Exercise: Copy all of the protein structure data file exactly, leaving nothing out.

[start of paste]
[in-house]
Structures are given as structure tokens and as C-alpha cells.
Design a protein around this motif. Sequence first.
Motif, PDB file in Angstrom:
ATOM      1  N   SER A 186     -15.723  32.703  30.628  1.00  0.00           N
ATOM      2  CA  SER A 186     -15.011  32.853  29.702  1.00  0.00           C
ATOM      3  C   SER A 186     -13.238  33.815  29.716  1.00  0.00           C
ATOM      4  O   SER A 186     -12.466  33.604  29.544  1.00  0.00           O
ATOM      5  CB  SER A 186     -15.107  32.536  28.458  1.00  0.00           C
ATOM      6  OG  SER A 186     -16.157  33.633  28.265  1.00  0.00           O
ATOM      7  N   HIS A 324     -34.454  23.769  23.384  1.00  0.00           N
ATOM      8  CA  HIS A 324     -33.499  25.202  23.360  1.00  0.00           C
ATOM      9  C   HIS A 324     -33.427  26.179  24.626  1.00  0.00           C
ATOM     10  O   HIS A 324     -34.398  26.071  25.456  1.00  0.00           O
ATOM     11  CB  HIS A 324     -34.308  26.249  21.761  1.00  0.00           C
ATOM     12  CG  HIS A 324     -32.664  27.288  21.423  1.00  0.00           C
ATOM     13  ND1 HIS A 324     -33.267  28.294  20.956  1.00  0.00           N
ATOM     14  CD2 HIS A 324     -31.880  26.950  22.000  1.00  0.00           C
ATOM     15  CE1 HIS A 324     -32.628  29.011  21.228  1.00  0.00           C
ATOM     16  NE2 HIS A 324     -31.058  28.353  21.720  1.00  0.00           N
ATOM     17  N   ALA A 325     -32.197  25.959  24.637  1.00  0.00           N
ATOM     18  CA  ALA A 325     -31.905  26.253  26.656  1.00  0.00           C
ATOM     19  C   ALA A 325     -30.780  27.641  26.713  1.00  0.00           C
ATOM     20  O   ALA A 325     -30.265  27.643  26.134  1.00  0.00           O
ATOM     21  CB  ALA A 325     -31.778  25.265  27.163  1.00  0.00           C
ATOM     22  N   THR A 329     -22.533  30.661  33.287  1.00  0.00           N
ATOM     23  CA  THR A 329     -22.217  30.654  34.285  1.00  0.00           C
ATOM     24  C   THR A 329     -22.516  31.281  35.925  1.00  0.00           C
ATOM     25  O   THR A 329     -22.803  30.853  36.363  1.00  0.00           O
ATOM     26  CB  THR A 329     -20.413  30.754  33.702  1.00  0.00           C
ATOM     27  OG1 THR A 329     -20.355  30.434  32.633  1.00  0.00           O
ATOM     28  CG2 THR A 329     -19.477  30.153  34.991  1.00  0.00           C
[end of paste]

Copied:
[in-house]
Structures are given as structure tokens and as C-alpha cells.
Design a protein around this motif. Sequence first.
Motif, PDB file in Angstrom:
ATOM      1  N   SER A 186     -15.723  32.703  30.628  1.00  0.00           N
ATOM      2  CA  SER A 186     -15.011  32.853  29.702  1.00  0.00           C
ATOM      3  C   SER A 186     -13.238  33.815  29.716  1.00  0.00           C
ATOM      4  O   SER A 186     -12.466  33.604  29.544  1.00  0.00           O
ATOM      5  CB  SER A 186     -15.107  32.536  28.458  1.00  0.00           C
ATOM      6  OG  SER A 186     -16.157  33.633  28.265  1.00  0.00           O
ATOM      7  N   HIS A 324     -34.454  23.769  23.384  1.00  0.00           N
ATOM      8  CA  HIS A 324     -33.499  25.202  23.360  1.00  0.00           C
ATOM      9  C   HIS A 324     -33.427  26.179  24.626  1.00  0.00           C
ATOM     10  O   HIS A 324     -34.398  26.071  25.456  1.00  0.00           O
ATOM     11  CB  HIS A 324     -34.308  26.249  21.761  1.00  0.00           C
ATOM     12  CG  HIS A 324     -32.664  27.288  21.423  1.00  0.00           C
ATOM     13  ND1 HIS A 324     -33.267  28.294  20.956  1.00  0.00           N
ATOM     14  CD2 HIS A 324     -31.880  26.950  22.000  1.00  0.00           C
ATOM     15  CE1 HIS A 324     -32.628  29.011  21.228  1.00  0.00           C
ATOM     16  NE2 HIS A 324     -31.058  28.353  21.720  1.00  0.00           N
ATOM     17  N   ALA A 325     -32.197  25.959  24.637  1.00  0.00           N
ATOM     18  CA  ALA A 325     -31.905  26.253  26.656  1.00  0.00           C
ATOM     19  C   ALA A 325     -30.780  27.641  26.713  1.00  0.00           C
ATOM     20  O   ALA A 325     -30.265  27.643  26.134  1.00  0.00           O
ATOM     21  CB  ALA A 325     -31.778  25.265  27.163  1.00  0.00           C
ATOM     22  N   THR A 329     -22.533  30.661  33.287  1.00  0.00           N
ATOM     23  CA  THR A 329     -22.217  30.654  34.285  1.00  0.00           C
ATOM     24  C   THR A 329     -22.516  31.281  35.925  1.00  0.00           C
ATOM     25  O   THR A 329     -22.803  30.853  36.363  1.00  0.00           O
ATOM     26  CB  THR A 329     -20.413  30.754  33.702  1.00  0.00           C
ATOM     27  OG1 THR A 329     -20.355  30.434  32.633  1.00  0.00           O
ATOM     28  CG2 THR A 329     -19.477  30.153  34.991  1.00  0.00           C